Posted on January 7, 2014 by Patricia Ann McNair1.7.2014 Journal Prompt Photo from Heartlands January 7, 2014: He wasn’t really lost. Share this:ShareClick to email a link to a friend (Opens in new window)Click to print (Opens in new window)Click to share on Twitter (Opens in new window)Click to share on Facebook (Opens in new window)Like this:Like Loading... Related
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He was lost. As lost as any man can be. Miles from anywhere, and clouds closing in, and no roadside signs ttheir arms flung wide to point him backwards or forwards, or lights spaced at intervals to show the way. Just where two roads cross, he was. And he was lost.
That’s not something he’d ever admit. Oh no. He had a roadmap, you see, and he’d tell you that you can’t really be lost if you have a map, not really. And he opened the flapping sheet of the map and peered at the roads running all ways and the names in writing so small that he wished he’d brought his glasses. And some places were familiar, he thought; but then they weren’t. And no matter which way up he held the map, he was, when all’s said and done, most certainly lost.
Married with two kids, and a mortgage on the house, and a car that held a loan, and a job that was safe enough. And he’d been happy once, in that way that the married man can be happy. There were few surprises in his path and few shocks; it was a steady road ahead.
In some parts of the country there are roads that are so straight they have cruise control in their cars. You can take your foot off the pedals and your hands off the wheels and just let the car go. Straight as a ruler, if ever rulers were longer than mile on mile. Straight as a finger pointing and you follow the line of that finger to as far as can be seen, all the way to the mist-blue horizon. And that’s what his life was like and the driving was easy and he switched to cruise control, took his foot off the pedal and his hands off the wheel.
The collision took him by surprise. A girl in a café and he’d only gone in to escape the sudden sullen rain. And they got to talking across a shared table and two cups of cheap coffee that they neither of them dared drink. Before parting they exchanged phone numbers. Looking back he wasn’t sure if he’d asked for hers or if she’d just gifted him it.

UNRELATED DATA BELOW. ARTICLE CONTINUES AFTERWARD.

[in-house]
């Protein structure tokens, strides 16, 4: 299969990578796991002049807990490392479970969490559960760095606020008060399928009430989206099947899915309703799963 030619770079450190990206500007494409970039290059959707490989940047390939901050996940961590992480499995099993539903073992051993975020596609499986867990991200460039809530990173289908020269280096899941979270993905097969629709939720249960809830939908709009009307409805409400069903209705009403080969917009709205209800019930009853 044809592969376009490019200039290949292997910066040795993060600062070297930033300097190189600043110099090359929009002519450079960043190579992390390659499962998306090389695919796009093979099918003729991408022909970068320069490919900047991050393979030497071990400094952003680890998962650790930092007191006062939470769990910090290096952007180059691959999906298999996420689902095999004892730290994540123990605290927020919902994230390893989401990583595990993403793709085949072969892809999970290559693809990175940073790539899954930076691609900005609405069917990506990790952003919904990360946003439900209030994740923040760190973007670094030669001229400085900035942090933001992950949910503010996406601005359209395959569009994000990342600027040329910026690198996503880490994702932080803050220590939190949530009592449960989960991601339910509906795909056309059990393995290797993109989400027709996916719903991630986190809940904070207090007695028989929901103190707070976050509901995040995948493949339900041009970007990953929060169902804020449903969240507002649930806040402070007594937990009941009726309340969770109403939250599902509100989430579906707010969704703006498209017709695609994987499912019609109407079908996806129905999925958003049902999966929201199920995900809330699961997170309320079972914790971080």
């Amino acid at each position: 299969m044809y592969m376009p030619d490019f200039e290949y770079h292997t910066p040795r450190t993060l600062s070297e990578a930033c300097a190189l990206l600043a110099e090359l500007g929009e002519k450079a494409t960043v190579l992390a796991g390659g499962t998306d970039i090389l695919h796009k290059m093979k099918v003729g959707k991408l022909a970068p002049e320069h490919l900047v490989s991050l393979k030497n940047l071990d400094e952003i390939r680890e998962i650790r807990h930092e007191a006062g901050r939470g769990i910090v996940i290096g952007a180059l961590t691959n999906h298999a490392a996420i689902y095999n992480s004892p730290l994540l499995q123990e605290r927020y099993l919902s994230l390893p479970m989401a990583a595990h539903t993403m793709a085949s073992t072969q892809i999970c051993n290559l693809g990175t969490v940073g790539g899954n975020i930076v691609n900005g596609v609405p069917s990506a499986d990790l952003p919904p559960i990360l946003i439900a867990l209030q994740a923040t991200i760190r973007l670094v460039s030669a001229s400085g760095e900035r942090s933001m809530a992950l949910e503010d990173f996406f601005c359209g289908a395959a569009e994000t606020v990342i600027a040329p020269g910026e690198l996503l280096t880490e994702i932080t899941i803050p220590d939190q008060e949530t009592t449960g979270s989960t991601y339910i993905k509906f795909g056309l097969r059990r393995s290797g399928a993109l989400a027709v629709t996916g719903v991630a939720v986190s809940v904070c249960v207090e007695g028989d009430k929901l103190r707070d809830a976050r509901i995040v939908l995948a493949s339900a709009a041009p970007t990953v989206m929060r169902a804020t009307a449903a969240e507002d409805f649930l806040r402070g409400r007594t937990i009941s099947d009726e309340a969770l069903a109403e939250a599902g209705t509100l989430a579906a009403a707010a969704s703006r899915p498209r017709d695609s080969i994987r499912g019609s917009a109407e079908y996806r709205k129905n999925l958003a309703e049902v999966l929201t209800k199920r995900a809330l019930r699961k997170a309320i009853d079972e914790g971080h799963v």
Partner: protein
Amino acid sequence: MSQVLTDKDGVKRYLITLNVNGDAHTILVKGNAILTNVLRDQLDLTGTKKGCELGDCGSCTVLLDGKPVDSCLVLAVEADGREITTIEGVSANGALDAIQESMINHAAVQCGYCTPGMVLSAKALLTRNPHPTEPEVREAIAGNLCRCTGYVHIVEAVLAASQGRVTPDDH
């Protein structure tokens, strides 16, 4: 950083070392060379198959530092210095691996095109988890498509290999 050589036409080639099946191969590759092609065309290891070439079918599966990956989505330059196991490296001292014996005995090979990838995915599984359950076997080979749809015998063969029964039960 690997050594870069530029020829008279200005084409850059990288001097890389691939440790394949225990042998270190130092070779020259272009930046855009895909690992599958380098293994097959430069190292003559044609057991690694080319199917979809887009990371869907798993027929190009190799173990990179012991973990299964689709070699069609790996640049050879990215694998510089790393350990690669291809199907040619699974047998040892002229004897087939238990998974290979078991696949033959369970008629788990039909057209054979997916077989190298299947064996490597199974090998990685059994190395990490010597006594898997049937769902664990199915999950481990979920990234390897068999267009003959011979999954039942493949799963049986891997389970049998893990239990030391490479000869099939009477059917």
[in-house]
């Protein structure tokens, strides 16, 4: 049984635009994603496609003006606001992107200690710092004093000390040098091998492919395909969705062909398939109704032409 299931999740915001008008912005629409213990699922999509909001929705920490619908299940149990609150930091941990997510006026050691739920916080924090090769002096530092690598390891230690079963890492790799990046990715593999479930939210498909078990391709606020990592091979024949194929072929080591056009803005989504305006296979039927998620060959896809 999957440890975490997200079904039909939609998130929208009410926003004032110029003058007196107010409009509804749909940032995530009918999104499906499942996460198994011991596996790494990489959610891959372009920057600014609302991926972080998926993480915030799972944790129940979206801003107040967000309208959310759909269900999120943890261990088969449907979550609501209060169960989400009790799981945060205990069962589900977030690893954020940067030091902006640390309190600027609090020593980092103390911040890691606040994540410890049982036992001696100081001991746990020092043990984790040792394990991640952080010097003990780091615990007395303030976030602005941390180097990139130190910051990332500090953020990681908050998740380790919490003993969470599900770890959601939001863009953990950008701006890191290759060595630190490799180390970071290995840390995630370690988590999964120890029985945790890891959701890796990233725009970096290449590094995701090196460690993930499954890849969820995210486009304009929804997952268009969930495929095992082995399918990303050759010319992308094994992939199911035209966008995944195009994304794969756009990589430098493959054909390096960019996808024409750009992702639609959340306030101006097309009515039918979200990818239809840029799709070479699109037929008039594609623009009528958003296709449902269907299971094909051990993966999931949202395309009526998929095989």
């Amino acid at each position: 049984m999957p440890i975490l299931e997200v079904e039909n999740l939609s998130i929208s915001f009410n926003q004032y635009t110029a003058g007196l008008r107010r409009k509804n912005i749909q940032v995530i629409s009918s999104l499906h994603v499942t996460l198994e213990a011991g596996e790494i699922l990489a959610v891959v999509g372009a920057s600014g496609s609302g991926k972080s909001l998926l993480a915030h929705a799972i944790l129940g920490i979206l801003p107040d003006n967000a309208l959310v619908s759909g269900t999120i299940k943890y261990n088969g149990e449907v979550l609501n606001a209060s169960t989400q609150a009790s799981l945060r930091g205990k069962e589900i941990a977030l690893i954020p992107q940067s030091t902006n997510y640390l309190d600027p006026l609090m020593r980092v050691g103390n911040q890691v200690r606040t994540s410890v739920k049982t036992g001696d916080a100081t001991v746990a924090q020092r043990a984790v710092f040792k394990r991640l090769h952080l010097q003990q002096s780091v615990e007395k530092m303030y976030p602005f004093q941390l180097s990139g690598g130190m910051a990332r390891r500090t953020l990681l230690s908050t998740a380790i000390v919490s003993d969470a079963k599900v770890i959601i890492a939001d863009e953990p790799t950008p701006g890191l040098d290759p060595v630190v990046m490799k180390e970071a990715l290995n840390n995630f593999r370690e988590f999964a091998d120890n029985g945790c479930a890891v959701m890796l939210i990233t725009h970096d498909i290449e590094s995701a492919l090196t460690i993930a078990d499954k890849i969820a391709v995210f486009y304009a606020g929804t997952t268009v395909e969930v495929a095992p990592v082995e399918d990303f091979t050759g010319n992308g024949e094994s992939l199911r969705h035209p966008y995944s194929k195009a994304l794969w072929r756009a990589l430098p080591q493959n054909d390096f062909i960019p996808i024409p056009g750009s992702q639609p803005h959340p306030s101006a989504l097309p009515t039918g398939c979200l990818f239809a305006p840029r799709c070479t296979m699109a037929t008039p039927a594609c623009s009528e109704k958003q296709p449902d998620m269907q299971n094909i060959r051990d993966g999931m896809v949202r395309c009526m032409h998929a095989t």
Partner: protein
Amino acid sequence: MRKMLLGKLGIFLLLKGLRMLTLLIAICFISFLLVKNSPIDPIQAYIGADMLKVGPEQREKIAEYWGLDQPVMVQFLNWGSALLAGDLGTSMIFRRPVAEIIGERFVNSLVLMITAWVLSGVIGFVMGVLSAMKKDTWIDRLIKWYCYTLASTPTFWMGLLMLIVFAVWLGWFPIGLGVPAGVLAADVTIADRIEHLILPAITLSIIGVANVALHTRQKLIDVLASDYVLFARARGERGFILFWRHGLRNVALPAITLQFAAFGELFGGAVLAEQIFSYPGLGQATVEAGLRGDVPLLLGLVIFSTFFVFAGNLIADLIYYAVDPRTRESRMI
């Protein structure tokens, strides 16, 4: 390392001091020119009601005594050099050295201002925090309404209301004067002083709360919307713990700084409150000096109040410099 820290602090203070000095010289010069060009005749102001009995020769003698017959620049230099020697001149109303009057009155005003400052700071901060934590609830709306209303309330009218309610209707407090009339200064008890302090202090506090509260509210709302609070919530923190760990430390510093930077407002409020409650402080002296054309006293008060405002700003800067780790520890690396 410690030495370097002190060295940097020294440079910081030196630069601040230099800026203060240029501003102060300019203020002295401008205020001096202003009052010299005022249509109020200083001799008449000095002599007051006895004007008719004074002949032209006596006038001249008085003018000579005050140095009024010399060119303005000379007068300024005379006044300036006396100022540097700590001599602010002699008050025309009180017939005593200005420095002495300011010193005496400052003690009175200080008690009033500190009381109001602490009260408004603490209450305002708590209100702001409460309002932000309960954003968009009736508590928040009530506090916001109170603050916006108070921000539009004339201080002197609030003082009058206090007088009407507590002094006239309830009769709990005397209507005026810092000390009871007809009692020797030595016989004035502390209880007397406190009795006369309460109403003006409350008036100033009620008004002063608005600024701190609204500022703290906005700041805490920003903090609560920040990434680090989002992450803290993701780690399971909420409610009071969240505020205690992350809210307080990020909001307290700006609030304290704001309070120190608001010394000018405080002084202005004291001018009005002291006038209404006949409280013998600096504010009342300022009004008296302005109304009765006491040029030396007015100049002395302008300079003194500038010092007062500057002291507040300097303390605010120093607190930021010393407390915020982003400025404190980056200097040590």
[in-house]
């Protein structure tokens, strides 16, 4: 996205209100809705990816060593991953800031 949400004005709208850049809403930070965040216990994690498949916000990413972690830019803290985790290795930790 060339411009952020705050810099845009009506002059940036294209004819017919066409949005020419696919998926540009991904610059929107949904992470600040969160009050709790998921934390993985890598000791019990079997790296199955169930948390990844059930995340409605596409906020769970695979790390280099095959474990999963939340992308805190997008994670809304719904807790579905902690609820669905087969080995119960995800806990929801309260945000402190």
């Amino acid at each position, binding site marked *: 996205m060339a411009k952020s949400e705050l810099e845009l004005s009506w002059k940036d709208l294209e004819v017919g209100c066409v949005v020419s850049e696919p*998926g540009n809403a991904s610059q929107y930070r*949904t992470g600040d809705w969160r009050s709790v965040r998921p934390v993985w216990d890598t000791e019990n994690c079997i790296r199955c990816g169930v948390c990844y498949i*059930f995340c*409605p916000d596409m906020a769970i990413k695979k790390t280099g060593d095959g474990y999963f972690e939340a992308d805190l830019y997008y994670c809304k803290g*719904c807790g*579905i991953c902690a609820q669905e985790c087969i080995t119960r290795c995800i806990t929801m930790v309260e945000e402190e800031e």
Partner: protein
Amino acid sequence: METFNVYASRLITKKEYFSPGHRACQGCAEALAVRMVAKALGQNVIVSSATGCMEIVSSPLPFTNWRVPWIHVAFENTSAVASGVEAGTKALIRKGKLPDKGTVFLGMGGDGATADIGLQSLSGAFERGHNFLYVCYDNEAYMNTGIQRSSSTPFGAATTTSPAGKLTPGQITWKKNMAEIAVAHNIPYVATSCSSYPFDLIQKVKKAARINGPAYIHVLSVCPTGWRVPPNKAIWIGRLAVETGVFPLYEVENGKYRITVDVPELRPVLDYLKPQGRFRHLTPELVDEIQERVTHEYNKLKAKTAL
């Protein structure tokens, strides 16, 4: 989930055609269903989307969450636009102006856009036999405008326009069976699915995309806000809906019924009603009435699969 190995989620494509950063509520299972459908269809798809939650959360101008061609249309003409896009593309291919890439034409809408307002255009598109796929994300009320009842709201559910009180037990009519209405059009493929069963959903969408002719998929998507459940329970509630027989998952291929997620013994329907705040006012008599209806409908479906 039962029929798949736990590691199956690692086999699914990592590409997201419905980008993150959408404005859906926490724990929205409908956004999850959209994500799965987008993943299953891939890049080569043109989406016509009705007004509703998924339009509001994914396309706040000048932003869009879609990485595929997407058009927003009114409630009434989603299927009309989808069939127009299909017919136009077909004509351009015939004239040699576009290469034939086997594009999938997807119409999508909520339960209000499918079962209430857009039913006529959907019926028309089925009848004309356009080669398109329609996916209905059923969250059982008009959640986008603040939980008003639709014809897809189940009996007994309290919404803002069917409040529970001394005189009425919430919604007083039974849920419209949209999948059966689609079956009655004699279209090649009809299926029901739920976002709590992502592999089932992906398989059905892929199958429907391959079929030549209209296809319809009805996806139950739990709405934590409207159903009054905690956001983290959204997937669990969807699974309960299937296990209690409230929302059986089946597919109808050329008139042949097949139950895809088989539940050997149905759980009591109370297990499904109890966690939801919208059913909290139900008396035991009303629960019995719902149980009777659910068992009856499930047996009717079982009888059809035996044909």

He hit a dog once, with his car. Years back, it was. On a road in the middle of noplace. It wasn’t his fault. It ran out in front of him and he braked and clipped its trailing back leg. The sound of fright-full thunder in that collision and the dog yelped. He got out of the car and ran after the dog, without really knowing why. It did not look hurt, but he chased it all the same. Across a heavy field and into a wood, and the distance between him and the dog stretched till he could no longer see it.
Then, just as he was thinking to turn back, he came across it, lying on its side and panting, and still. It’s back leg looked crooked and unnatural, and there was some blood, hot and wet and dark as molasses.
Some collisions don’t show the hurt that they have done, not right away. The dog could not even stand when he reached it, though it had run for almost two miles after being hit. It was the same with the girl in the café, her number tucked into the pocket of his wallet. The hurt from that collision would take its time in showing itself.
If ever you’d asked him, he’d have told you he was lucky and that he loved his wife and his two kids, and his house and the car. He’d say life was good and he had no complaints. But he called her number, for no reason that he understood, and that was the start of something. It was like a bump in an otherwise too straight and too even road, or a bend in the road where a bend might be the only diversion, the only distraction. And now, three months along that road and he was lost, only, he didn’t know that he was. He had a map after all, and a man with a map can’t really be lost.
No man means to hurt the people he loves. No man looks to have his own heart broken. It was a senseless collision brought about by chance or the universe playing with itself. And soon enough there’d come a day when he’d know, and want to turn back, and he’d think that must be possible, that he could just spin the wheel and go back to where he’d lost his way. And maybe he could and maybe his wife could give him a second chance, but the road would never be so straight again nor ever so easy.
He carried the dog the two miles back to his car and laid it on the back seat and he drove to the nearest town. He found a vet to tend to the dog; whatever it took, he said. But there was more damage than could be seen and in the end the kindest thing was to put the dog down. He paid the vet’s bill, even though it wasn’t his dog. It was the least he could do. Then he asked for directions back the way he had come.